Church clock & bells need human touch

February 2, 2007
By

JOHN SWAN


Gazette Photo by John Swan
Jeff Ferris manually rings the bell of the First Church of Jamaica Plain after winding the historic clock in the tower.

JP CENTER—Jeff Ferris opened the small door in the lobby of the First Church of Jamaica Plain Unitarian Universalist across from the Civil War Monument and squeezed up the narrow circular stairway to the balcony housing the Hook organ, built in 1854, a year after the early Gothic Revival-style church was completed.

He opened a door to the tower behind the organ, ducking to avoid low beams, and climbed a ladder to the next level with two wooden boxes attached to the ceiling that protected the chains weighted with rocks and connected to the church’s clock and huge bell. A third, steeper ladder led to the next level with a small wood-framed room in the middle. He opened the door.


“Here it is,” he said with measured pride. Inside, the rare Howard & Davis clockworks gleamed with gold gears set in a shining black iron frame.

Ferris, a JP resident who owns Ferris Wheels bike shop a few blocks away on South Street, checked the time and picked up a large crank handle from the floor.

“The bell’s going to ring in a few minutes,” he said, fitting the handle into one of two shafts connected to the clock and bell. Like days of old, the chains groaned under the weight below as they wrapped around their drums with a secure mechanical sound of antiquity.

Each chain that came down from the ceiling into the clockworks had a mark that indicated when it was fully wound. The clock shaft cranked with smooth, easy clicks, but the larger bell shaft took more effort, turning with a slower but deliberate meter.

Ferris and fellow church member George Smith share the winding duties. “I do it mid-week and George does it on Sundays. I like it because it’s fun and novel. But the best part is bringing people up here with me.”

Ferris said he’s been winding the clock since restoration contractor David Graf finished overhauling it last spring as part of a three-year capital campaign that also included providing handicapped accessibility, masonry repair and restoration of the main window damaged by wind.

The three-faced clock was electrified in the early 1900s, but in recent years it didn’t keep accurate time and had lost some hands. Some time after that the bell stopped functioning.

“It keeps pretty accurate time now—maybe loses a minute a month,” Ferris said.

According to Anne Brown, co-chair of the church’s building committee, Graf found the clock “under the coating of old dried oil, grease and dirt… to be remarkably intact, missing just four pieces, and assessed [it] to be quite rare and significant because there are so few of the early Howard & Davis clocks that remain.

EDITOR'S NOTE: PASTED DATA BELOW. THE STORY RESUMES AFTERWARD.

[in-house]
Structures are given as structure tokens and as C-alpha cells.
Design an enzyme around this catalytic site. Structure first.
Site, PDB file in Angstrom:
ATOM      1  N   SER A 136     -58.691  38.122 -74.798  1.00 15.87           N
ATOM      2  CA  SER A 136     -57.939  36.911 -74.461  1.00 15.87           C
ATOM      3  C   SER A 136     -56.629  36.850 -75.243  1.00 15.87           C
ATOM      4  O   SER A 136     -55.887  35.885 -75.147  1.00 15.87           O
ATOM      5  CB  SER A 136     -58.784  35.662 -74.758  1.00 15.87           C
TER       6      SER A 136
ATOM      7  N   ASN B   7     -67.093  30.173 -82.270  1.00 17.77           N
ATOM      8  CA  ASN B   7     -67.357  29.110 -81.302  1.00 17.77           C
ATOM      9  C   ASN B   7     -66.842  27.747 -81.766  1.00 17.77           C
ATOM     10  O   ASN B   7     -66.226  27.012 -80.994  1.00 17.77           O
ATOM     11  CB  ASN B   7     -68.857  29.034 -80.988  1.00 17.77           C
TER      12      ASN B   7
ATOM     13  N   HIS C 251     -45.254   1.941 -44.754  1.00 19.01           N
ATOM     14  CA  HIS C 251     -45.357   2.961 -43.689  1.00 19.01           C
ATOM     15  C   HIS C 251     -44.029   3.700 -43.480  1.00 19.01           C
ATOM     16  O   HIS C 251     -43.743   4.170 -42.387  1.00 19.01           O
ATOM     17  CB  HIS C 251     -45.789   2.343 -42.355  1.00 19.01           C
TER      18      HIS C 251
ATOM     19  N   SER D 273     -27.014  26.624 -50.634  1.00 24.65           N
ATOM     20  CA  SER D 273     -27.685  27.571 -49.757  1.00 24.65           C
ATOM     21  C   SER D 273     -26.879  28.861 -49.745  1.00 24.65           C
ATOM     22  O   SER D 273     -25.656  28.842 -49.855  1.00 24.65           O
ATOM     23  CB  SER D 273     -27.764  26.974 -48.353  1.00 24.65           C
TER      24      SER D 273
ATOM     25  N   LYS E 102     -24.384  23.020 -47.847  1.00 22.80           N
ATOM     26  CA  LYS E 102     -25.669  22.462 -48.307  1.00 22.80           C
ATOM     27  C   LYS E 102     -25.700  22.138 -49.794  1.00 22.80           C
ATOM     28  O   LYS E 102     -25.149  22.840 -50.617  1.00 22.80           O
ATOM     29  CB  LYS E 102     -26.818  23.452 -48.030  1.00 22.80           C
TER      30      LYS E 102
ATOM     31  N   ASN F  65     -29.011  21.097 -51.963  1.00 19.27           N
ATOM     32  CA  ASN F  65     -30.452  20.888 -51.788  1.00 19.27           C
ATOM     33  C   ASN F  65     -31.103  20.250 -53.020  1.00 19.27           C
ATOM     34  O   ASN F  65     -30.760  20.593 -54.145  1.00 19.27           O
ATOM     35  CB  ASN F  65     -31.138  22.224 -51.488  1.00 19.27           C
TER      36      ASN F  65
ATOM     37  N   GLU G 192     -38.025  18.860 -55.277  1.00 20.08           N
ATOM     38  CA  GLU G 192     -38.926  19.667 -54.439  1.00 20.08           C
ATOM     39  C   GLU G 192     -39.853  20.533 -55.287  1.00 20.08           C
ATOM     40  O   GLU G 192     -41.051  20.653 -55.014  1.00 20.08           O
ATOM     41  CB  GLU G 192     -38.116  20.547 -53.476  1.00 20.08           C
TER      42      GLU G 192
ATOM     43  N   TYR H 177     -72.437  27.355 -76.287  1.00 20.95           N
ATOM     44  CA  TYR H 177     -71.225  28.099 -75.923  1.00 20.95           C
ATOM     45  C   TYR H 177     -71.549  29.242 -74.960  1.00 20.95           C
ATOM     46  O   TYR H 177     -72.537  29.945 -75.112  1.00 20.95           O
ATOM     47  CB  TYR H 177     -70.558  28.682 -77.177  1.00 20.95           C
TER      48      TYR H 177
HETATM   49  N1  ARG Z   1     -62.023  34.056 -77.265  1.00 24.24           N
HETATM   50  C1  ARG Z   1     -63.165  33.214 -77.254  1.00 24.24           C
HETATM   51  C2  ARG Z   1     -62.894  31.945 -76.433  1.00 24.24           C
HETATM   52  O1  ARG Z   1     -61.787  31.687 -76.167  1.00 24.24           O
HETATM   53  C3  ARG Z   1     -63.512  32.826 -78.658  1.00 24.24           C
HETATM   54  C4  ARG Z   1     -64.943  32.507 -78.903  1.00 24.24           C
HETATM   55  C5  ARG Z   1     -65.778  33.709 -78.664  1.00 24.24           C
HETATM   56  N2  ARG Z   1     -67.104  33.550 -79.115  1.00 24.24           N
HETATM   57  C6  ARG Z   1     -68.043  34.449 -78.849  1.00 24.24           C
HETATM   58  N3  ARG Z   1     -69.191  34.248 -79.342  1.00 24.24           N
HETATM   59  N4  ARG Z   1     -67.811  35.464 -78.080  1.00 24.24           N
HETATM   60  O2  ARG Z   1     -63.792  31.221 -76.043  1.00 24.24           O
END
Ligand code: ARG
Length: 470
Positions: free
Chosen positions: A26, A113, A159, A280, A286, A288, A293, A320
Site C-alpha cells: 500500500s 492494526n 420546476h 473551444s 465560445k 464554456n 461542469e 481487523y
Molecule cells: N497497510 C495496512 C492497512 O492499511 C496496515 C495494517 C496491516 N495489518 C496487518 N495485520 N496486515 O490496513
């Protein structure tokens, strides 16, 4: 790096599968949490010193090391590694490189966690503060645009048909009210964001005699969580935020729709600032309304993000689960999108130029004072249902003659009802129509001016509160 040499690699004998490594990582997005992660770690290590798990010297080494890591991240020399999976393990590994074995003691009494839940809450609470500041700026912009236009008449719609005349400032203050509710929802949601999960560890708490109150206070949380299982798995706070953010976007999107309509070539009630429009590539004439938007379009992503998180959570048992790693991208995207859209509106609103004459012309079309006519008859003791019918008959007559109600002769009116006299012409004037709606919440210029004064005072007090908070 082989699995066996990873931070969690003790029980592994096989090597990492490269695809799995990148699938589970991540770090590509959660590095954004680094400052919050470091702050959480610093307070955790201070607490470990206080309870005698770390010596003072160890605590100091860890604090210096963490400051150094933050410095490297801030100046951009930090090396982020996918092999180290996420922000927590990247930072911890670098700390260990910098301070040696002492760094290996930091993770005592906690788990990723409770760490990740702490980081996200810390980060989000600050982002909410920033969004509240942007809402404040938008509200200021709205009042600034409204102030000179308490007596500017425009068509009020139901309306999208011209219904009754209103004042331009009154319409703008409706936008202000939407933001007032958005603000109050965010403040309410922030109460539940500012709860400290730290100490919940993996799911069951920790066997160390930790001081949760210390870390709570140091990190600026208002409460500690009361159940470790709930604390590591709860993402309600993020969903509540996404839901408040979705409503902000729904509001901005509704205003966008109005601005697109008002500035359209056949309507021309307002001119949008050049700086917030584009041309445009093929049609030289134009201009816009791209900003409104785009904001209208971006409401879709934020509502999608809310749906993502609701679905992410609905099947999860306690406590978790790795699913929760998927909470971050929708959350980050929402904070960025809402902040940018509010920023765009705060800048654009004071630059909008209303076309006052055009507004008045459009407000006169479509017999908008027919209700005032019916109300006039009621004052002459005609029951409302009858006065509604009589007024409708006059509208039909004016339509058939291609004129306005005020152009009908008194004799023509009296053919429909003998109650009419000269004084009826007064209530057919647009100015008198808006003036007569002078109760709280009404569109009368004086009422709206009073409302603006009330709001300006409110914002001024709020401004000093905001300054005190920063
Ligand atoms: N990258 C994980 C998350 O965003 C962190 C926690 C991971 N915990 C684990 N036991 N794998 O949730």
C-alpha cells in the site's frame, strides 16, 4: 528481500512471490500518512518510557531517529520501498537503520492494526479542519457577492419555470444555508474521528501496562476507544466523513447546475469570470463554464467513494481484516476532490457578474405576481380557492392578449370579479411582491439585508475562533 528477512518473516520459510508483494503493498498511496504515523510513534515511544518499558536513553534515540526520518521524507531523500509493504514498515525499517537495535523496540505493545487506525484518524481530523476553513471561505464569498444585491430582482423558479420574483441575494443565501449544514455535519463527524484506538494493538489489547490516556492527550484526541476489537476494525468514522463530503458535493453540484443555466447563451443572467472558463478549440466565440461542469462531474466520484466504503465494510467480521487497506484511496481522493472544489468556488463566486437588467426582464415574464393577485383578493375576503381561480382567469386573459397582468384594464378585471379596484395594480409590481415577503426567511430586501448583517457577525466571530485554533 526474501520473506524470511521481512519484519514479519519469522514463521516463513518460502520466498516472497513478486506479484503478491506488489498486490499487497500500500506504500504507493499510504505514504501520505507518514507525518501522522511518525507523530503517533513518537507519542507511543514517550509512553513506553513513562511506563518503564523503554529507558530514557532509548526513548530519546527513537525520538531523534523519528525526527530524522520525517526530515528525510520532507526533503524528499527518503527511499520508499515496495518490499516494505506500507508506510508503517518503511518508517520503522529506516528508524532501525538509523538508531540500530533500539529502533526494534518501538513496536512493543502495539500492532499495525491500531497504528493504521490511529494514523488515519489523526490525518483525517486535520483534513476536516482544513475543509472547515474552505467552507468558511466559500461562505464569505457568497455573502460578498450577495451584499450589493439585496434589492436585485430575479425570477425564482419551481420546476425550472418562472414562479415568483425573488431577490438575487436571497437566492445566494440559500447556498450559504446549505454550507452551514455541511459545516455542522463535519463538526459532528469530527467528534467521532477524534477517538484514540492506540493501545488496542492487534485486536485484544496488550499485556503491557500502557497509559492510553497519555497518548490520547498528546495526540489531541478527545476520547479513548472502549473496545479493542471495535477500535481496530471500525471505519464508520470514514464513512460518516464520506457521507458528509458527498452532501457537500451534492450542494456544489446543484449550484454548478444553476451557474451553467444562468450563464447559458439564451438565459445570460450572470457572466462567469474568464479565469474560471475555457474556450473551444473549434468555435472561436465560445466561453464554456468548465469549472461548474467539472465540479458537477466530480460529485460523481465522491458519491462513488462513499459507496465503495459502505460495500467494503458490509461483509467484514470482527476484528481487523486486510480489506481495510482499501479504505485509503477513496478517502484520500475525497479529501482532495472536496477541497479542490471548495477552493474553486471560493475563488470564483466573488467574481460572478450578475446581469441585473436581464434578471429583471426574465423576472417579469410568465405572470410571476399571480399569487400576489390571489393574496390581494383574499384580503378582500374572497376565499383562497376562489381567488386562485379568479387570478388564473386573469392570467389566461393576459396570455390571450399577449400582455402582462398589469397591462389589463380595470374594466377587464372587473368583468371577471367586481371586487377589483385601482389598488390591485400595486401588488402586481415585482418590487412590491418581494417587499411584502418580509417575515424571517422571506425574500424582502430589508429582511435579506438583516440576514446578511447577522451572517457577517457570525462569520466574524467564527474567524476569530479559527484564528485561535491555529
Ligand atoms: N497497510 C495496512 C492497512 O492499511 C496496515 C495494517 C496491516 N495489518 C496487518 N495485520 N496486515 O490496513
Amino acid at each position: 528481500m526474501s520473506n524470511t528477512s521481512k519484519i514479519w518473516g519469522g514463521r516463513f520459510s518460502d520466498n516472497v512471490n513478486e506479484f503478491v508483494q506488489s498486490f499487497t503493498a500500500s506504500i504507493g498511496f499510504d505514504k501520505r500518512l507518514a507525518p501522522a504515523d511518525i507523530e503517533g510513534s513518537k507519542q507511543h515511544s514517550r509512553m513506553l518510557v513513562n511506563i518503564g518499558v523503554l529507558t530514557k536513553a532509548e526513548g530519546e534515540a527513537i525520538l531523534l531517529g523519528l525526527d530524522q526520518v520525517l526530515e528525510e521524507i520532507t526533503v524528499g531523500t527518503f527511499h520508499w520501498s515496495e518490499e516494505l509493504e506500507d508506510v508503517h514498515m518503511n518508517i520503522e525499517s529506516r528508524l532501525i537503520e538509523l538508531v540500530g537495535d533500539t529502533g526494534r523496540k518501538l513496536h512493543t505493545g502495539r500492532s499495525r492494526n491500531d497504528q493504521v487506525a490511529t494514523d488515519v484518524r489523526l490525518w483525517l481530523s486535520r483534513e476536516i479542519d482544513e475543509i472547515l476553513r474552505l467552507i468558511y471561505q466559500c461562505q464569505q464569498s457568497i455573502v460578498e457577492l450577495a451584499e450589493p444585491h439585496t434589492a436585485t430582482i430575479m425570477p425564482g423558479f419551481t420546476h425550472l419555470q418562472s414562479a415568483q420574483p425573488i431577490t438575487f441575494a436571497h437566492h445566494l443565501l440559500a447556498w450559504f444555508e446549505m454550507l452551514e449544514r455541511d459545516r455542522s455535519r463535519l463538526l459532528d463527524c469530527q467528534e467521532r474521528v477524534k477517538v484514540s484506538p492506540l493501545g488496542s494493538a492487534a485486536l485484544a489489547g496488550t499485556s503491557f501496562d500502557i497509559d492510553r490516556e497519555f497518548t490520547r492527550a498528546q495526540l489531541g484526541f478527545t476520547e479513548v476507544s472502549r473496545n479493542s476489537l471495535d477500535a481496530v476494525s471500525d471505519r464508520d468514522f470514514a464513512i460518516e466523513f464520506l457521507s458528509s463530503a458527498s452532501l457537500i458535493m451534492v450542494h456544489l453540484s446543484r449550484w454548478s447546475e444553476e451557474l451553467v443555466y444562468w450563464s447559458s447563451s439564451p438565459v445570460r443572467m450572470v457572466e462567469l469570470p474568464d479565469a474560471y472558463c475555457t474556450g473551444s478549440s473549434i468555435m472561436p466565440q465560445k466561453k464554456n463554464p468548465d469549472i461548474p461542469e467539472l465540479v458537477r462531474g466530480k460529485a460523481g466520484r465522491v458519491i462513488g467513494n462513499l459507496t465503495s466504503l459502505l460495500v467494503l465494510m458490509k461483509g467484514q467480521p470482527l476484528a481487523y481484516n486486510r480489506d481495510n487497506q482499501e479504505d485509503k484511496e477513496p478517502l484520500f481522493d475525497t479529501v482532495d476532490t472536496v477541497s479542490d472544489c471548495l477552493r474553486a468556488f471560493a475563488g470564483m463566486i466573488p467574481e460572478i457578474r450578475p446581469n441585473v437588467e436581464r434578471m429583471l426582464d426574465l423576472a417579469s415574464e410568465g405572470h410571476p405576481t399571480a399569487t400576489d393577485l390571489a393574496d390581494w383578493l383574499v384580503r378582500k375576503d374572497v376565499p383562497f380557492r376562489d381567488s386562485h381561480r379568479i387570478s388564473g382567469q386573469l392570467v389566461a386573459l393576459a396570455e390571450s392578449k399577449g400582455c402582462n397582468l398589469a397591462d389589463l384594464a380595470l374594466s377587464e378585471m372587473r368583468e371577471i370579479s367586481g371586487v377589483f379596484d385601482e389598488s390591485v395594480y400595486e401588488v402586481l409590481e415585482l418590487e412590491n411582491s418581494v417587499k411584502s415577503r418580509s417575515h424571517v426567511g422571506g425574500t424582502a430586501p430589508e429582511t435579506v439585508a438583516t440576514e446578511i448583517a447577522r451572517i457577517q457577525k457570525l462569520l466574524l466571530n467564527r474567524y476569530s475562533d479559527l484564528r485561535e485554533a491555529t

“Edward Howard is a very famous name in American clock-making and is considered to have been a mechanical genius. The Boston firm of Howard and Davis was still making clocks with pre-mass production methods in 1853, [so] our clock was probably made in part by Howard himself.”

“We were lucky that most of the mechanism was still there.” said Ferris. “David only had to fabricate a few parts.”

Not everyone was happy about the restoration at first.

“The original design had the bell ringing around the clock, and some close neighbors complained,” Ferris noted. “So David devised a gizmo that turns the bells off from 8 p.m. to 8 a.m.”

Ferris said he’s been coming up the tower to put up the church’s holiday lights for 25 years. Another steep ladder led up to the bell level, where he swung the 8-foot bell-wheel a few times until the stem fell onto the bells lip, sending a penetrating wave of sound through the landing.

The bell was cast by Henry N. Hooper & Co. of Boston in 1854.
Rev. Terry Burke, minister of the church, said, “There’s an old story that our bell was made from a melted down Revere bell, but no one really knows. It’s an interesting possibility.”

Pointing up, Ferris said there were two more levels, marked with straight ladders and a few planks thrown over some beams. “The top one’s where I go to throw down a line and hoist up the lights for Christmas,” he said.

On the way downstairs Ferris pointed out that the Hook organ’s electric blower that took the place of the original hand cranked bellows recently burned out.

“I think they call it a tracker type organ, with mechanical linkage that opens and
closes the pipes,” said Ferris.

“It’s very special,” said Brown, noting that the Hook firm was a leading force in American organ building and that their instruments of this period are praised for their voicing, playing action and quality of construction.

“The organ was last modified in 1890 and we need to take care of it, so we’ve started plans to raise money to restore it,” she said. “It could cost several hundred thousand dollars.”

The First Church’s predecessor, the Congregational Society of the Third Parish of Roxbury, was originally located in a smaller white clapboard meeting house built on the site in 1769.

“There is a lot of history here,” Brown said. “And for me, the bell tower gives me a sense of place. I love hearing the bell as I do errands or come out of a service. It marks our most important occasions. When I was married in the church, my friends rang the bell. That means a lot to me.”